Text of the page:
Arvari is a small river in the Alwar District of Rajasthan. The river had been reduced to a monsoonal drain for decades, while the region was reeling under chronic drought condition. Rather it dried up for years .The process of rejuvenation of this river was started in the year 1987 by constructing a small water harvesting structure, called Johad (specially in the rural areas of Rajasthan). These Johads are traditional earthen dams built to harvest each single drop of Rainwater falling on the ground. The first Johad came up in the village Bhavta. Later seeing the benefits of these johads even during toughest drought condition both quantitatively and qualitatively in the livelihood of the villagers and also because it had an great impact on the economic conditions of the individuals in a way improving their standard of living. Many more villagers from different villages came forward to build these structures in their villages reviving the traditional method of harnessing the rainwater. Johad is not only a physical structure made by rural poors through traditional knowledge and wisdom but it is also a symbol of peace, love and unity present in the village society. So it has its on social dimension impact on the lives of the rural poor.
Benefit of water harvesting structures: The foremost benefit of the water harvesting structures is conservation of rainwater, which helps in Recharging of ground water by harvesting each single drop of rainwater. This not only preserves water for use during the drought but also leads to rise in the water table in the adjoining areas of the structure especially in the wells existing in the fields.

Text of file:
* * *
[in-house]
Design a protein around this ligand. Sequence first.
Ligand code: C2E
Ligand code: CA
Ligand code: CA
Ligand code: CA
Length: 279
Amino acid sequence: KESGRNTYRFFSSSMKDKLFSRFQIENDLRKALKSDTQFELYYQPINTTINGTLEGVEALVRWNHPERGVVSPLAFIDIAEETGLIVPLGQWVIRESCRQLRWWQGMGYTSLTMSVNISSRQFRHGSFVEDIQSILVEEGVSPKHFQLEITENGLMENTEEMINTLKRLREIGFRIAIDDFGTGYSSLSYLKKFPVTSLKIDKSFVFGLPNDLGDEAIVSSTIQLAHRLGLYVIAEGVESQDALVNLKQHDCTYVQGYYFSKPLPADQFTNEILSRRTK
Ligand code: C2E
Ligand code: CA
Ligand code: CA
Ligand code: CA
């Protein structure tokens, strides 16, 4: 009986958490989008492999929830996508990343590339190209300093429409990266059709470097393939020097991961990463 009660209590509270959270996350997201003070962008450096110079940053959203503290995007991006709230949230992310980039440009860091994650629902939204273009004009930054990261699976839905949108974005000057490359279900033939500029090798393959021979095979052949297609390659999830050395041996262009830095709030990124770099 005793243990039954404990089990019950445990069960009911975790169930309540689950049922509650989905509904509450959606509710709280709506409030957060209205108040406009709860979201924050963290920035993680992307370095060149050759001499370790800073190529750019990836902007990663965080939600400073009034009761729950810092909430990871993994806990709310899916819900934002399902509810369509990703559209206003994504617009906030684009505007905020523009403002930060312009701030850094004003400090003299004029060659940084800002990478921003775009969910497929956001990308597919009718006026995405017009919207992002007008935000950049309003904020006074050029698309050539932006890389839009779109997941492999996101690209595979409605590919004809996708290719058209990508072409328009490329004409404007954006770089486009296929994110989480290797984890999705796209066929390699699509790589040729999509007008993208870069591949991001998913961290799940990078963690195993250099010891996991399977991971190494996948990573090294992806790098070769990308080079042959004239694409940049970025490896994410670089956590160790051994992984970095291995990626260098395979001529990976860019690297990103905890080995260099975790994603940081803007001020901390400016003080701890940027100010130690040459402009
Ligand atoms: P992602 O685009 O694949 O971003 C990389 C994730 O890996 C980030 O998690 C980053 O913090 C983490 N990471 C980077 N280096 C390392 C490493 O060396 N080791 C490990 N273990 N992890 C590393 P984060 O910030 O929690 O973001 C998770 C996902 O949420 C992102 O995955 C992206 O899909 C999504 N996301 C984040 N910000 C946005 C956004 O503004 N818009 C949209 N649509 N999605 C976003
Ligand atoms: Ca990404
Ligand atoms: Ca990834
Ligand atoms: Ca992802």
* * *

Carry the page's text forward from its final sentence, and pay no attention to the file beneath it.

Easier availability of the water in these drought-affected regions result in drastic improvements in the life of the people of these areas. This makes irrigation possible throughout the year and open new avenues of the income for them. This will be an effort towards reducing poverty that emphasizes poor people to become self-reliant.
Earlier farmers were not able to cultivate even one single crop a season but now they are able to cultivate a maximum of 2 crops a season. Agricultural production has increased.
In 1988, many more Johads were built in several villages such as Bhiriavas, Dumoli, Khadata, Khatala, Samatsar, Chosla, Lalpura.This trend continued during the years 1989 to 1991.More Johads were constructed in Villages such as Palasana, Joge-ki-dhani, Hamirpur, Samra, Natala, Kaled, Jagnathpura and many others. And till date altogether more than 350 Johads have been built in the catchment area of the Arvari River.
Water in the Johads raised the water table in the entire catchment area
of the river Arvari.
Far from it. They are all vegetarians and do not eat fish, but they realized that today it is fish and tomorrow it would be water. This got the people thinking who owned the river ? The Government through the contractor was intruding into community's domain, its right over the use of water. Water as a resource, which was developed by them through their hard efforts and labour, they wanted to have the rights to utilize it.